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Solution providers may not have the budgets for corporate
laundry service, a diverse array of free meals from on-site restaurants, or annual
trips to exotic locales, but that doesn’t mean channel businesses don’t spend a
lot of time and resources ensuring they keep their top talent happy and

In fact, retaining high-quality employees consistently
rates as one of small- and midsize business owners’ top challenges across a spectrum
of industries, multiple studies have found. And even though some industries
have apparently neglected employee satisfaction, the channel’s complexity,
competitiveness, and ongoing need to adapt to change means solution provider
executives must consistently keep a close eye on employee happiness.

Over the past three years, more employers have focused
more on controlling expenses than employee satisfaction and retention,
according to the ninth annual MetLife Study
of Employee Benefits Trends
: A Blueprint for the New Benefits Economy. Simultaneously,
fewer employees voluntarily left jobs, even if they were unhappy, because they
were afraid they could not find another position. As a result, however,
employee loyalty is at a three-year low—and employers appear unaware of this
trend, MetLife found. In fact, employers assume employees remain as loyal as
they did pre-recession, the study indicated.

“The widening gap in loyalty perception is a sign that
employers may be taking employee retention for granted. They are not paying
attention to serious cracks in the loyalty foundations of their workforce;
cracks that can expand to threaten their ability to retain the key talent
they’ll need most,” according to MetLife.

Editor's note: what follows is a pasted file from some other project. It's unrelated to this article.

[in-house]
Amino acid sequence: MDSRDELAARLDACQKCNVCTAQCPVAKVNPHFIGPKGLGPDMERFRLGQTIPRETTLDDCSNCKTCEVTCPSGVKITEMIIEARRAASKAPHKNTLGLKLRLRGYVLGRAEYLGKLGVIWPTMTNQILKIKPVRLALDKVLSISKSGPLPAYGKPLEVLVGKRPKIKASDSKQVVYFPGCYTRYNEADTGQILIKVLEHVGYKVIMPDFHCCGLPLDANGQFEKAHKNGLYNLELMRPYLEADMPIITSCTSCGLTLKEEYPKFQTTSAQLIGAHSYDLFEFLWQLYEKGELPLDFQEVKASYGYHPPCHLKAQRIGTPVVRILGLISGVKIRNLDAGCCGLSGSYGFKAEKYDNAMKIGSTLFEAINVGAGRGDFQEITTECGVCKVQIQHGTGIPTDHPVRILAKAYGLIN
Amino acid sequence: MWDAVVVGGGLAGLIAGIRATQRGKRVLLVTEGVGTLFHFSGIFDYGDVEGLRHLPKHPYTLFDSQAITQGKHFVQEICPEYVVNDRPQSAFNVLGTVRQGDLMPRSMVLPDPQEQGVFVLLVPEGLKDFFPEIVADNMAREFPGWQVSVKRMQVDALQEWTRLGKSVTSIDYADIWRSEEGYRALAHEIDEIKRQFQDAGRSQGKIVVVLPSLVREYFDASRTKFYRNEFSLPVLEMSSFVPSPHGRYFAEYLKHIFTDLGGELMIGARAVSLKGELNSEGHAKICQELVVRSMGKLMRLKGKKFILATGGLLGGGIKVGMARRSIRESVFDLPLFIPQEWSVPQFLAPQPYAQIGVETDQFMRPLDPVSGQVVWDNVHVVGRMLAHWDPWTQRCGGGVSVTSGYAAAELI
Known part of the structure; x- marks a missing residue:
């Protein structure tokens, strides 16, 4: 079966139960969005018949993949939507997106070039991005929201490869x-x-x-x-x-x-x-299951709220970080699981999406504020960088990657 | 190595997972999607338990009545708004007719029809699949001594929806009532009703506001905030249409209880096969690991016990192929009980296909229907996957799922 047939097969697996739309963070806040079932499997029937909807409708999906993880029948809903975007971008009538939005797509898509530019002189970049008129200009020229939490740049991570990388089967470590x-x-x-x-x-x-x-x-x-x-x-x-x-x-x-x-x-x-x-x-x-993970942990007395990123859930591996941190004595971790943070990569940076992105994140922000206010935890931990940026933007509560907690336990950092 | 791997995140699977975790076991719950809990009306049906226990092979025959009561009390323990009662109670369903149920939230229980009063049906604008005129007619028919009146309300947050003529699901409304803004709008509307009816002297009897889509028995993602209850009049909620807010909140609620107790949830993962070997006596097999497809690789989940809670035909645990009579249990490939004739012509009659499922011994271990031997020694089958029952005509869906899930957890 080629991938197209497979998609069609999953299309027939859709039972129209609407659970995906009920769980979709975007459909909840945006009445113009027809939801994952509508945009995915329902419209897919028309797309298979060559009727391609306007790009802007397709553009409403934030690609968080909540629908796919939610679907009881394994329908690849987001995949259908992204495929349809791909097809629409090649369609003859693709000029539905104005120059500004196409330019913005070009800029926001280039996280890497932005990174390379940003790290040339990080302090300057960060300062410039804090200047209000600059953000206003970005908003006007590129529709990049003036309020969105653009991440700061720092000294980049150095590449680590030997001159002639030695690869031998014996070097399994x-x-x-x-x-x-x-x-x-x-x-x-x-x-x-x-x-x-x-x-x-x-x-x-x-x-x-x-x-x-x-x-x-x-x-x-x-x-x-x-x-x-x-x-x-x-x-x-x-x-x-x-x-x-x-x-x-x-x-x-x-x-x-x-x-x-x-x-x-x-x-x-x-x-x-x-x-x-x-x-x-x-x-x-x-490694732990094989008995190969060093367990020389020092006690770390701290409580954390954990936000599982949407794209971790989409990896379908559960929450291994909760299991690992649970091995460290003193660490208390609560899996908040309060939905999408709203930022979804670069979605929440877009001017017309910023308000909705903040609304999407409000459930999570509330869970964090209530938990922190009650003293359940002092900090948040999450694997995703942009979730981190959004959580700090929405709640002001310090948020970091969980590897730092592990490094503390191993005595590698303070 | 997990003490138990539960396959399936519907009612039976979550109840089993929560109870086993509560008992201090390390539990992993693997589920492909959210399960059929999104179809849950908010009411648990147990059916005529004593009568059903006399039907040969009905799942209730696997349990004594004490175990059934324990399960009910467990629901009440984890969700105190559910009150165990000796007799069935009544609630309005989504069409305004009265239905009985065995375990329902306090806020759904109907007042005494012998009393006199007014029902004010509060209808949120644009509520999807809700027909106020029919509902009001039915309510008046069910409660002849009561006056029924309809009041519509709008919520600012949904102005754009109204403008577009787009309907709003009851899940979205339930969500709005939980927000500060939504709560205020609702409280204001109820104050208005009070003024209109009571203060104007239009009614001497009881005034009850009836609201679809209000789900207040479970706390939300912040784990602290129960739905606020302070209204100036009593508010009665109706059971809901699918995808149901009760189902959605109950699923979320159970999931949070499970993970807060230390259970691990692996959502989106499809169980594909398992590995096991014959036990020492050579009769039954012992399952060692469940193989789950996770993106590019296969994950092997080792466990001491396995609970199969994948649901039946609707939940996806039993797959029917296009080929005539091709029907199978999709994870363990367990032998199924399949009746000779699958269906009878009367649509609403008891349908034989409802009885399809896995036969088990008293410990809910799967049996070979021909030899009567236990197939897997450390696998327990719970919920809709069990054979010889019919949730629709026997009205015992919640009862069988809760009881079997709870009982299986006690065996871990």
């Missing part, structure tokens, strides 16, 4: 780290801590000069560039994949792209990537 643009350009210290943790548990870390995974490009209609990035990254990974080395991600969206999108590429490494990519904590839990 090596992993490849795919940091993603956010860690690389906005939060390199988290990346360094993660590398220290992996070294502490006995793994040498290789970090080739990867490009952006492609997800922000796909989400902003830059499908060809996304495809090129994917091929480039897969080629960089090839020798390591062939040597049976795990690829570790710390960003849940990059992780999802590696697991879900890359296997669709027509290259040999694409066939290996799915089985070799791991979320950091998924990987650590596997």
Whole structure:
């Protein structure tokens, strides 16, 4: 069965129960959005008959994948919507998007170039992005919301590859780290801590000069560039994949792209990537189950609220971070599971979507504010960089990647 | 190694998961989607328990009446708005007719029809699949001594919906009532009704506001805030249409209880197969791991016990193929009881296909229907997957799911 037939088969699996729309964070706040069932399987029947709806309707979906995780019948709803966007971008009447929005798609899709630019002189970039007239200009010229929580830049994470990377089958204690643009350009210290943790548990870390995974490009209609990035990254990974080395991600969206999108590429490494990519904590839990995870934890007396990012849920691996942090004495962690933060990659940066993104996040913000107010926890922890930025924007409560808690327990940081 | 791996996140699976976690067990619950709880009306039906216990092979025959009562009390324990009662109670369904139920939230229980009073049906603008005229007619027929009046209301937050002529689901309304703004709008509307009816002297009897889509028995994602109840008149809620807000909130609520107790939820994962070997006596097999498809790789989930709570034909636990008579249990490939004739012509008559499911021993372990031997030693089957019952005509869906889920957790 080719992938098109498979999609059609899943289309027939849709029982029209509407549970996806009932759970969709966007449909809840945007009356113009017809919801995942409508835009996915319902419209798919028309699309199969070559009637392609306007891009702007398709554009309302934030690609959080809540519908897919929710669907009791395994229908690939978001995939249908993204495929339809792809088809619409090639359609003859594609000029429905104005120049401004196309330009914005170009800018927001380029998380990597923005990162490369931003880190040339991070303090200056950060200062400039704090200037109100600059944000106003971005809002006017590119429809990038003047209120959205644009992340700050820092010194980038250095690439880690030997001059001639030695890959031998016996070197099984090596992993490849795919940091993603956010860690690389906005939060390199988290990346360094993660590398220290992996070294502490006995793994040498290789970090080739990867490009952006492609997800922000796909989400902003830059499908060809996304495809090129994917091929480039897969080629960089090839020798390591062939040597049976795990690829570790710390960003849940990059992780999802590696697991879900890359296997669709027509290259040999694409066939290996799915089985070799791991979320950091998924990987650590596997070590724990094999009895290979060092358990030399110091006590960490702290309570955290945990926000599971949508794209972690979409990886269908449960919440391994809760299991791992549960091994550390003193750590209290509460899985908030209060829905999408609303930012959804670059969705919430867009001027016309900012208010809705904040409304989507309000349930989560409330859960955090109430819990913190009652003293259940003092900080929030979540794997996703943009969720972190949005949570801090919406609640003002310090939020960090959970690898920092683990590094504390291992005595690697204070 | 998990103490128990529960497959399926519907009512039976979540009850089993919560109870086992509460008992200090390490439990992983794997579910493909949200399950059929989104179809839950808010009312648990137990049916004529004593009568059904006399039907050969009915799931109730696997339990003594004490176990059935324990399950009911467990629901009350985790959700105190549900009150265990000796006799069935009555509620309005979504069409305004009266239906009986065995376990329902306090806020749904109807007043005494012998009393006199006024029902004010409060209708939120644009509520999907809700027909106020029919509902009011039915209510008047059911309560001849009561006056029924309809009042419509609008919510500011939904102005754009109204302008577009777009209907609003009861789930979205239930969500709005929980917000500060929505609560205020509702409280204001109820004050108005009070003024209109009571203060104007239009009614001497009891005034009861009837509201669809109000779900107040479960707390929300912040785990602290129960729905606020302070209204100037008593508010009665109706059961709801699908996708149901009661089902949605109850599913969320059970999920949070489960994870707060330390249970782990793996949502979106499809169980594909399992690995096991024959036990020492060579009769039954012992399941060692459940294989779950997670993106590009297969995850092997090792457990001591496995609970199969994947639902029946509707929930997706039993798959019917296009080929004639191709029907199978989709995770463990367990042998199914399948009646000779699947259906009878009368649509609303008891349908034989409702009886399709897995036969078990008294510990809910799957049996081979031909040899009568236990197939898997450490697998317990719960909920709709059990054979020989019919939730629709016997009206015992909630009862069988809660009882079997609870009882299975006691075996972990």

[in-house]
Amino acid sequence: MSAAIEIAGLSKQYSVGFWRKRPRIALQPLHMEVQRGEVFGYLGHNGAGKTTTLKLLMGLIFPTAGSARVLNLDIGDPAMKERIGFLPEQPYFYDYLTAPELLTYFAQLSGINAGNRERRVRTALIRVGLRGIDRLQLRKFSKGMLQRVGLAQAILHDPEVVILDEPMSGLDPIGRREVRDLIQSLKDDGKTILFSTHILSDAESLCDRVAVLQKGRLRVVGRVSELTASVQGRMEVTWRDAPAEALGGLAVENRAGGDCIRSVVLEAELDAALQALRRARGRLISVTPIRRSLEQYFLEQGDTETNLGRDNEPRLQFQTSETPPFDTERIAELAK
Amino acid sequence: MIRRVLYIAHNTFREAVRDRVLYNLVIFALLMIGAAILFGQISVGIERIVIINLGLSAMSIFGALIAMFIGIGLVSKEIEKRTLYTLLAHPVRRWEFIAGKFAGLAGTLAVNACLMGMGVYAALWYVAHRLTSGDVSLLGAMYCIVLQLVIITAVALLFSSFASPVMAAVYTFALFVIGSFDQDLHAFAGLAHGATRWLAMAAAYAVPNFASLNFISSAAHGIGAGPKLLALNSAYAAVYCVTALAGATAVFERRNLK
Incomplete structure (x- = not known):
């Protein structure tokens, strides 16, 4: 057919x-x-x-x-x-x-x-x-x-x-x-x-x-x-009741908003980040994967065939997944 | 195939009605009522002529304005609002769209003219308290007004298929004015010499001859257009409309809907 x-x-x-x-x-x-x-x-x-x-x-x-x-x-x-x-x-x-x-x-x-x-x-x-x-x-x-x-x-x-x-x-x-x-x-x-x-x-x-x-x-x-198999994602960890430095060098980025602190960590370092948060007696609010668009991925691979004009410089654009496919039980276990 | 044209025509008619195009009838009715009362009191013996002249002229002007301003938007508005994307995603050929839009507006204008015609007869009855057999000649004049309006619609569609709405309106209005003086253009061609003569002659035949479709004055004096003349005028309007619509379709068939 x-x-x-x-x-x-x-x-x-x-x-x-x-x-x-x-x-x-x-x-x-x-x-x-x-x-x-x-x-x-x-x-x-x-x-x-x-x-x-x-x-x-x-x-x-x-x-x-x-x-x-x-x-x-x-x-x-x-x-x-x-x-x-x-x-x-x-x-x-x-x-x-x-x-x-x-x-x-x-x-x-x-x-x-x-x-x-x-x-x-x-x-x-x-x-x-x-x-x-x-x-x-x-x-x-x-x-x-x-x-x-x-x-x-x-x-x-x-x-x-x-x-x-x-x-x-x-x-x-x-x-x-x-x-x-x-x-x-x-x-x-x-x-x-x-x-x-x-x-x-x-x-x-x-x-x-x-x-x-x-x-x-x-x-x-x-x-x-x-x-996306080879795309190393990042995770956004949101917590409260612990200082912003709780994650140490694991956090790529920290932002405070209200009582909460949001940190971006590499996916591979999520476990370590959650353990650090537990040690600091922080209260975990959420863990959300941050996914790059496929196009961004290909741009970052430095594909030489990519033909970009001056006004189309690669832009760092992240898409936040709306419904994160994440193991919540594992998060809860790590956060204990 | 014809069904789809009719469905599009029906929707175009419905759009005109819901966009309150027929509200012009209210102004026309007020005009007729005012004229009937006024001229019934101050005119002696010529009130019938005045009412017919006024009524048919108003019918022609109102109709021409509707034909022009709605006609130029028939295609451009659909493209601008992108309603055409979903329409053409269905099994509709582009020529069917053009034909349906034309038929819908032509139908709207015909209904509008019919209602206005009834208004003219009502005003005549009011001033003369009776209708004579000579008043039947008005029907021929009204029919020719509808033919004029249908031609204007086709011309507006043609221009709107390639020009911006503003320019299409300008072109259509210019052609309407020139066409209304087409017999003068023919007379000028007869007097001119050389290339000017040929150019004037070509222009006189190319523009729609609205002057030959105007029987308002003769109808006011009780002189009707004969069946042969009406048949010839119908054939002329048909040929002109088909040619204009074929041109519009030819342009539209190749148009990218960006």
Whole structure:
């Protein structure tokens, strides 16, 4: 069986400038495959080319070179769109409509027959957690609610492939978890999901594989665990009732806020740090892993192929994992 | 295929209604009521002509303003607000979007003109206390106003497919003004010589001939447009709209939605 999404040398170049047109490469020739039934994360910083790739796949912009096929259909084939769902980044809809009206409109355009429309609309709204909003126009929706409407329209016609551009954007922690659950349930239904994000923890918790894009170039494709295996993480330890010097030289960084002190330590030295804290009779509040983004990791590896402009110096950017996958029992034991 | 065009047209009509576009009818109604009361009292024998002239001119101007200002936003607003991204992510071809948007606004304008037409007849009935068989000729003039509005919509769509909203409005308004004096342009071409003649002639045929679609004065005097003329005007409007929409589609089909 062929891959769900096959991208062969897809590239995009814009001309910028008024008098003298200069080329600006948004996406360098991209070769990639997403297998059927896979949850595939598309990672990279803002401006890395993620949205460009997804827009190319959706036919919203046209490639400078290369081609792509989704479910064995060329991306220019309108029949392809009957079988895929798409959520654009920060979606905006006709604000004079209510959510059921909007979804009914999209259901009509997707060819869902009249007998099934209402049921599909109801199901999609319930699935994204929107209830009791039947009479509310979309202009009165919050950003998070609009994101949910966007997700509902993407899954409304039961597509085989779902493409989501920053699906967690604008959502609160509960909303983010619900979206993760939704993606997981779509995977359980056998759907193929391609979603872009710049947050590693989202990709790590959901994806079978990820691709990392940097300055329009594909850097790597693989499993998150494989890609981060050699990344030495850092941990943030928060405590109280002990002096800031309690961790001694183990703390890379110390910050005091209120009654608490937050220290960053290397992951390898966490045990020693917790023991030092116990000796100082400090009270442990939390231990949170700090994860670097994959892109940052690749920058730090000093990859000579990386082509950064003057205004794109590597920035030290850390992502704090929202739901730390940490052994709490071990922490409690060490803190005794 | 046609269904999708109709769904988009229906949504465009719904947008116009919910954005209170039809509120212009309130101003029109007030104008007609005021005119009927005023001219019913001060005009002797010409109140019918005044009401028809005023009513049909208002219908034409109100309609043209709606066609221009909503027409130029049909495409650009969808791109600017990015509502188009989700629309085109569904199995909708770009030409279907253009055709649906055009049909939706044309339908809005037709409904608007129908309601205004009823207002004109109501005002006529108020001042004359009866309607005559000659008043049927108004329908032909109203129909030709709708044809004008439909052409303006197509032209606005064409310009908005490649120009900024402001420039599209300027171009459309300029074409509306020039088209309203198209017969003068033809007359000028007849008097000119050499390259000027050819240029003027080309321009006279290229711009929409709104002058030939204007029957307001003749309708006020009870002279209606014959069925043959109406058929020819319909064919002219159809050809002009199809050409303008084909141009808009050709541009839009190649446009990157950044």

In 2010, 72 percent of human-resource professionals said
their companies’ benefits packages had been damaged because of the recession, Baseline

Now positions are opening

the economy is picking up
, and employees feel freer to move around, that lack
of employer loyalty poses a danger to companies that haven’t paid attention to
employee satisfaction. So how can solution providers ensure their quality
employees are satisfied? And what benefits can smaller companies reasonably
provide to workers to keep them happy and productive?

After all, it’s expensive and disruptive to replace
high-quality employees. It costs Asynchrony Solutions an estimated $100,000
every time someone leaves, said Bob Elfanbaum, general manager at the VAR,
which was acquired last year by Shafer Corp. That figure includes recruiting
fees, training time, lost productivity, and the challenges of integrating a new
person into the company and team, he told Channel Insider. Historically,
Asynchrony Solutions’ turnover is at about 5 percent, he said.

“I think you can rationalize spending a lot of money on
culture if you believe there’s a huge cost to turnover,” Elfanbaum said. “We
deliver solutions; we don’t deliver bodies which is a big difference. Because
we provide solutions people aren’t truly replaceable.”

Satisfied employees also translate into improved customer
, better products, more productive staff, and faster time-to-market,
studies have shown.